TV Sport

Industry experts discuss the future of sport on TV

Women’s football is “a success story but it’s only just beginning”, argued Dawn Airey, Chair of the Barclays FA Women's Super League and former Channel 5 Chair. “If you can’t see it, you can’t be it. We want young women to see you can play football at a very high level and make a really good career out of it.”

Free-to-air access, she said, was “absolutely critical”, adding that women’s football has to balance “revenue and reach. We need to drive money into the game but we absolutely want engagement, and to get engagement you need that fee-to-air opportunity.”

How technology is enabling state-of-the-art television production

Diving deep into the technology, IMG Media head of engineering Bagnall gave a description of how IP (internet protocol) has changed the face of outside broadcasts, with SDI (serial digital interface) circuits being enhanced by IT communication. As well as providing a fully uncompressed service to traditional broadcasters, Bagnall demonstrated how OTT (over-the top) internet delivery was being achieved.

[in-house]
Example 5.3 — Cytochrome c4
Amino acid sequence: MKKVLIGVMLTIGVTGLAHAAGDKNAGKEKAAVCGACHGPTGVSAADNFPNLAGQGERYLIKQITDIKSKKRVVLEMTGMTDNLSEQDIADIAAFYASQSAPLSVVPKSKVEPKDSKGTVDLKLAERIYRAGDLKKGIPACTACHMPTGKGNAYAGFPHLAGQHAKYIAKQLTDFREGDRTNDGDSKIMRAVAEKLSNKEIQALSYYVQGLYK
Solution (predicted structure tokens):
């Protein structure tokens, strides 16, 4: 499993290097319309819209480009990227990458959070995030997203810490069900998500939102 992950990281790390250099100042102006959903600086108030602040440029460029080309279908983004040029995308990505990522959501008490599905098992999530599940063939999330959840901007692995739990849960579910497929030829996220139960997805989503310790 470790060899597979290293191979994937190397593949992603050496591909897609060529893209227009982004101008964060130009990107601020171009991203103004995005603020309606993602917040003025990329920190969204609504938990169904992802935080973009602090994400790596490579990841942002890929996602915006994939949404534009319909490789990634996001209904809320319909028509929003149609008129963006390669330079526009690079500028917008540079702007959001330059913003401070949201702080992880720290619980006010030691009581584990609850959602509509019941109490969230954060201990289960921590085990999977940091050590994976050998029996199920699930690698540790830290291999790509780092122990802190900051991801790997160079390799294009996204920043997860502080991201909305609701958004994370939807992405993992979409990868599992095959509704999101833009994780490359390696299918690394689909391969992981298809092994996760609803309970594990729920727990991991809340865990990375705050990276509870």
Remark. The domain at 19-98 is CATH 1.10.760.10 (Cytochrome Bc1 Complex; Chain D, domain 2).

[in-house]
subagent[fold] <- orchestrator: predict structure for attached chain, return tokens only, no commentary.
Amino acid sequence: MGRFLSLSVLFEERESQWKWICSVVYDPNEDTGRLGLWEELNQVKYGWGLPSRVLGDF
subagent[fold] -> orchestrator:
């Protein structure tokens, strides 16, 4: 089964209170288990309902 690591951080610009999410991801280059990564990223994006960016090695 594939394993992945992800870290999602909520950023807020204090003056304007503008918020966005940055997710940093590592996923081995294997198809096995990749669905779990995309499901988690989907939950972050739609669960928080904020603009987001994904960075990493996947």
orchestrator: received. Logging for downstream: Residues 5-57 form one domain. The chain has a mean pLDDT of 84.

From the Pennines to PyeongChang

It’s a long way from Pennine Radio to Eurosport’s Paris HQ near the banks of the Seine.

When Peter Hutton began his career as a 16-year-old sports presenter in Bradford, the explosion in rights fees and multichannel revolution that transformed the sports media landscape was still to come.

Further off still were the shifting sands of today’s global sports broadcasting industry, where the swirl of new technology and changing viewing habits mingle with the still potent pull of live sport.